I recently rode from Vancouver to Merritt on the Greyhound bus. I was surprised to see security guards at the gate to the bus platform, looking at tickets, turning people away, asking security questions like “are you carrying more than one gallon of wine in your carry on bag?” and searching luggage using those green latex gloves.

Good to know that there won’t be any hijackers demanding the bus be driven to Cuba. Thanks Greyhound!

However, that did get me thinking about the idea of “security” and what that means. Do we take our security for granted? What does it mean to feel secure?

I think it can be safely said (no pun intended) that Canada is a secure place to live. We have rule of law with uncorrupted police and fair courts.

Gun registration notwithstanding we have responsible gun ownership and usage.

We can rely on the basics of living and then some.

We have democratic elections on a regular basis and there has never been a coup or government overthrow (the 1837 Upper Canada and the Riel Rebellions were the closest) and just one war about who owned what in almost 500 years.

Most of the world doesn’t have those luxuries.

Take Africa for example – there have been more coups, civil wars, bad governments, takeovers in the last fifty years than any other time in history anywhere else in the world, combined.

The “peaceful” demonstrations of the Arab Spring Revolution were and continue to be blood baths. Central and South America haven’t done much better and China is just plain naughty.

Maybe security is linked to how well we treat each other and how reliable things are like food, water, housing, education and health care.

Maybe it’s about income disparity the 99 per cent chant about in the “occupied cities”.

In countries where food security, drinking water, health, education and freedom from government led violence are not daily expectations, feeling safe and secure is not ensured. Greed, corruption and indifference to social problems are not the sole purviews of banks, big corporations and their moguls.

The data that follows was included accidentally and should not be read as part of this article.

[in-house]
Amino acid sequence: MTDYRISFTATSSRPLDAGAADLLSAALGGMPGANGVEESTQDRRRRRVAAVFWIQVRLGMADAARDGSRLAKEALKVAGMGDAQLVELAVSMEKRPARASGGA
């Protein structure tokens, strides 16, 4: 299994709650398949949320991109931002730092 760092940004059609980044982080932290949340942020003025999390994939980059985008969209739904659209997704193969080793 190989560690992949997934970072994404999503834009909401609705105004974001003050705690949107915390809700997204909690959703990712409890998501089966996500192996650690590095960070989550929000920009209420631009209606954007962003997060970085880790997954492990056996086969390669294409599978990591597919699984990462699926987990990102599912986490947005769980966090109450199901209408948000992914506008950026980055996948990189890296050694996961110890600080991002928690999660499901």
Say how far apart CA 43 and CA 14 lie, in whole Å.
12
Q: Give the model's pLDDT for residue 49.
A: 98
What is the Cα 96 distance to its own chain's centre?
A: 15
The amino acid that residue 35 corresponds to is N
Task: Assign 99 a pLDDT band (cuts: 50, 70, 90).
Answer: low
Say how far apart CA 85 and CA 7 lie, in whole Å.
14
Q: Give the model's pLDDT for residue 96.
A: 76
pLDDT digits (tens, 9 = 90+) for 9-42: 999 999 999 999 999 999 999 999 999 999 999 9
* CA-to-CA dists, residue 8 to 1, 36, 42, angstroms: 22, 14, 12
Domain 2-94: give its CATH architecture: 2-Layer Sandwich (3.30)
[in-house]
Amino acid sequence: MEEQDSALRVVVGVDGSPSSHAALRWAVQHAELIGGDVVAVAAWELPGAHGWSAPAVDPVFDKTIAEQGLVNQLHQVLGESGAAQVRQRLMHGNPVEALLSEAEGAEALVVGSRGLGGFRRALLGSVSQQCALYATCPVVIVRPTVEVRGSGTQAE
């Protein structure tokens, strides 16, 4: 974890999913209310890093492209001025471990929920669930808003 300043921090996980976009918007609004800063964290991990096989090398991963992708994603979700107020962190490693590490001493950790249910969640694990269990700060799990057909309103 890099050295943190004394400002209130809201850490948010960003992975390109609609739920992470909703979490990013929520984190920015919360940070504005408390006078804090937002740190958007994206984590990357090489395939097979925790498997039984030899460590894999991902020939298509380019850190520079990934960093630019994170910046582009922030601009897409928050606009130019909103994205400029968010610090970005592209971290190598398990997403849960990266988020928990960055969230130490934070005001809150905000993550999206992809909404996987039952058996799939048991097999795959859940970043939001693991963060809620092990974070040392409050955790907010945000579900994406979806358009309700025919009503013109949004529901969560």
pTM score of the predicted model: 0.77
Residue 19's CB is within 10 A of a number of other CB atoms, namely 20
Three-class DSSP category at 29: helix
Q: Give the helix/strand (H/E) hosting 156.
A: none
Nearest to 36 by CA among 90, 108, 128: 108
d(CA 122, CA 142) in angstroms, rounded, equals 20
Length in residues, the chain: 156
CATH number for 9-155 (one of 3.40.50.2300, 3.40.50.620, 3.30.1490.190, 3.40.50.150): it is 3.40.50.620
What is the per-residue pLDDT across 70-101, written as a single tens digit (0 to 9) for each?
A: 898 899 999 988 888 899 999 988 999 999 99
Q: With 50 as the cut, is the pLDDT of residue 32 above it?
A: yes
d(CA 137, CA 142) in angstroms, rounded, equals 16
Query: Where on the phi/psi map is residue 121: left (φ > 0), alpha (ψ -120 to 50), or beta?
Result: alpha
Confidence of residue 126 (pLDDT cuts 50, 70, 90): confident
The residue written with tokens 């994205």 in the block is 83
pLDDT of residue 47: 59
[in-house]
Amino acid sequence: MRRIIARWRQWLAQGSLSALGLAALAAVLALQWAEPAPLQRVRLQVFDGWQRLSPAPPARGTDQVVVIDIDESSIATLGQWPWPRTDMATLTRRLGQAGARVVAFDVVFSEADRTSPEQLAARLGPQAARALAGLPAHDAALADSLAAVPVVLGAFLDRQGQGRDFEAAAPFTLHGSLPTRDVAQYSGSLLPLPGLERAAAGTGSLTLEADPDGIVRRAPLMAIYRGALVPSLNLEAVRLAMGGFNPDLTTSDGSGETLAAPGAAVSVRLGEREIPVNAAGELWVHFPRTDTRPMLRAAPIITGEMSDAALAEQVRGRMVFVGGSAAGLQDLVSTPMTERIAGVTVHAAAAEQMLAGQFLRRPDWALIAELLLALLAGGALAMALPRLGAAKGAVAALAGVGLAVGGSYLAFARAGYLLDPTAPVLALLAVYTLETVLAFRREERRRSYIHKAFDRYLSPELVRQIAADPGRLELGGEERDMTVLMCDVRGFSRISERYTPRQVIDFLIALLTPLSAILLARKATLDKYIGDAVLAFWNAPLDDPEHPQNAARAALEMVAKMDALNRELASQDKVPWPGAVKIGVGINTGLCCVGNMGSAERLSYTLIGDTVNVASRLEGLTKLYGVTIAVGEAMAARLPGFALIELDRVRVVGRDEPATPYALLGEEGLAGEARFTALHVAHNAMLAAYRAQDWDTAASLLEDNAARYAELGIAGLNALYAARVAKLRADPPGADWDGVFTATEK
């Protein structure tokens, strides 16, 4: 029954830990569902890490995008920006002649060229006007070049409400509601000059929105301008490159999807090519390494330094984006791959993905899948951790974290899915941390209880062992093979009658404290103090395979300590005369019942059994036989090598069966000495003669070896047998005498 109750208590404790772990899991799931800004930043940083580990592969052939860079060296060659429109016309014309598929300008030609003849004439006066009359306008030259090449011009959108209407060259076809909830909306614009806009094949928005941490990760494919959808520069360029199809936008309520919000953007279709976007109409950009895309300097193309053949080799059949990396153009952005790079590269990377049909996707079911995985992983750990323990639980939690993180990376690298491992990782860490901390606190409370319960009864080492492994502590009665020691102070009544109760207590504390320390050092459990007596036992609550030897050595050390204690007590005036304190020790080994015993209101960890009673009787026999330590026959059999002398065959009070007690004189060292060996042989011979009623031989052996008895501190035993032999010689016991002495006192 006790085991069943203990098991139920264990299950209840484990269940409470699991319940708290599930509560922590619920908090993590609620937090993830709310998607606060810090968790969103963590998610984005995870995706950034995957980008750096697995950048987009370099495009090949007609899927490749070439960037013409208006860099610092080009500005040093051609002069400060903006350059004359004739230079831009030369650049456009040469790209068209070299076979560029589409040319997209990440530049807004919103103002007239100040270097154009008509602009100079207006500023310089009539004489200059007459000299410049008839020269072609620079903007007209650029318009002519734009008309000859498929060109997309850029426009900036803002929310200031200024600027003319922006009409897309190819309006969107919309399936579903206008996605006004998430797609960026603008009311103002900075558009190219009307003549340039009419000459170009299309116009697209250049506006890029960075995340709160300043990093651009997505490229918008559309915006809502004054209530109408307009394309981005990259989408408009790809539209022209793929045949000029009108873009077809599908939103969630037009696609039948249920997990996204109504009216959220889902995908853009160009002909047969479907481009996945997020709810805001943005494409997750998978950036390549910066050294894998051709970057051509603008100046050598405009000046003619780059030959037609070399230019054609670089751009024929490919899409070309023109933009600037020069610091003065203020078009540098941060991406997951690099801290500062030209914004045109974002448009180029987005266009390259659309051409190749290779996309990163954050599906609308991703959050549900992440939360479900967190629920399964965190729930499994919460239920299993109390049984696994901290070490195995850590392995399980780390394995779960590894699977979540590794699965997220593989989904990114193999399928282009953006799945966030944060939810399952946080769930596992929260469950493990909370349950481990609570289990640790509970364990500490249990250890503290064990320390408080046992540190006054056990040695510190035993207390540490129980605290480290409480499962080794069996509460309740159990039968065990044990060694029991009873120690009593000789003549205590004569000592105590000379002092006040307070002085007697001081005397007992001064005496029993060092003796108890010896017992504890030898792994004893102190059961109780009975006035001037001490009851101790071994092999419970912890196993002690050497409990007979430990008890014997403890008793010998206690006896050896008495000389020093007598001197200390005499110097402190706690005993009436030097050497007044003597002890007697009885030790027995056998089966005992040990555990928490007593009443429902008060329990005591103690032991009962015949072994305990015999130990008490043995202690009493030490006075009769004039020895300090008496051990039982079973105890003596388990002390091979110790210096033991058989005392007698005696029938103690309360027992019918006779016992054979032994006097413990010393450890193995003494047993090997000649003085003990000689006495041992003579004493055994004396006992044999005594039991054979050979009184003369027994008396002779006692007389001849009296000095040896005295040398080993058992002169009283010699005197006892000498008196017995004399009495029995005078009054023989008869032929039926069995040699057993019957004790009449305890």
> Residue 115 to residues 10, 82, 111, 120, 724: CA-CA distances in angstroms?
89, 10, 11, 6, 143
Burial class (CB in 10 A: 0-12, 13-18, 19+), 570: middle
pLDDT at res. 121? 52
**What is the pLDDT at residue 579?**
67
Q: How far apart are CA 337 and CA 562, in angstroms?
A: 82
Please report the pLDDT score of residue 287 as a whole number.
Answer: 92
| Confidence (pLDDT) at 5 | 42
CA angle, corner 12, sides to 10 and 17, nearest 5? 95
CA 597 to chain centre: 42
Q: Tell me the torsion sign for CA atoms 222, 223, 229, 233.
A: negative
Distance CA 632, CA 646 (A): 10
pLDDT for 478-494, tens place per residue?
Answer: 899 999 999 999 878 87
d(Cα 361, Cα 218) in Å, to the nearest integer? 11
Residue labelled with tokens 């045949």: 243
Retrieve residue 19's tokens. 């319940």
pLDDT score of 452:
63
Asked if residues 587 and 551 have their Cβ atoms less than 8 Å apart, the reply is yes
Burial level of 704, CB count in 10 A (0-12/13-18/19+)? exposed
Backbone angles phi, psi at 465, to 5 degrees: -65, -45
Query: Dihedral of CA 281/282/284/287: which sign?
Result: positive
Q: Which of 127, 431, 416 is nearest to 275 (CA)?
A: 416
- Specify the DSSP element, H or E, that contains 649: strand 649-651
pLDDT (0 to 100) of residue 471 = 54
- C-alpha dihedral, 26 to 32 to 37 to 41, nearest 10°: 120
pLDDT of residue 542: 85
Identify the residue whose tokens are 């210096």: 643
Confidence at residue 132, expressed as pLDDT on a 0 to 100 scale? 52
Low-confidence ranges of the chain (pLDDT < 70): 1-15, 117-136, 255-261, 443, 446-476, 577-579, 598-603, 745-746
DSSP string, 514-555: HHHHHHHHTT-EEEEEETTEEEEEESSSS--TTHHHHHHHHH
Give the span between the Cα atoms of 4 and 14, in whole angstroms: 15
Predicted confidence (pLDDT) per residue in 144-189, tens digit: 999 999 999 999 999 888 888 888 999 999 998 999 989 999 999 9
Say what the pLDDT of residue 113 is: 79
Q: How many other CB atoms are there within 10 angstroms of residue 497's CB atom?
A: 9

Live in any low-income country or the new “economic powerhouses” of Brazil, India and China and see how the other 99 per cent live.

The “occupiers” have a valid point when using their democratic right to protest real or perceived inequalities, abuses and moral turpitude. When I was young we were protesting the Vietnam War with sit-ins and marches. Whether it changed the final withdrawal of American troops is debatable as the war was already lost. What it did do was bring to a greater consciousness the terrors of modern combat, the insanity of war and the “west versus the rest” clash of political and religious ideologies (hmm, sounds like Iraq, Afghanistan and the Middle East).

So the occupy your local city movement (which frankly to me seems to have a pretty vague agenda) may do better at raising consciences about poverty and homelessness than the (perceived) greed of banks and big business.

Ironically, living here in Canada has largely protected us from the economic debacles of the rest of the world largely due to the well-ordered and regulated Canadian banking system. The proof of success of the occupy movement will be after the tents come down.

Governments, local and federal and we, society, need to address not the “problem” with banks and corporations but poverty (particularly among women and children), income disparity and the alarming number of homeless. Here the pen will be mightier than the sword. The young have traditionally been the least likely to vote yet they represent the majority of the occupy protesters.

I hope the occupiers were not so busy demanding their constitutional rights but took the five minutes or so to scratch an “X” on a piece of paper and democratically vote people into positions who can change the system.

They represent today the changes that will happen tomorrow. I hope they do more than just hijack the bus.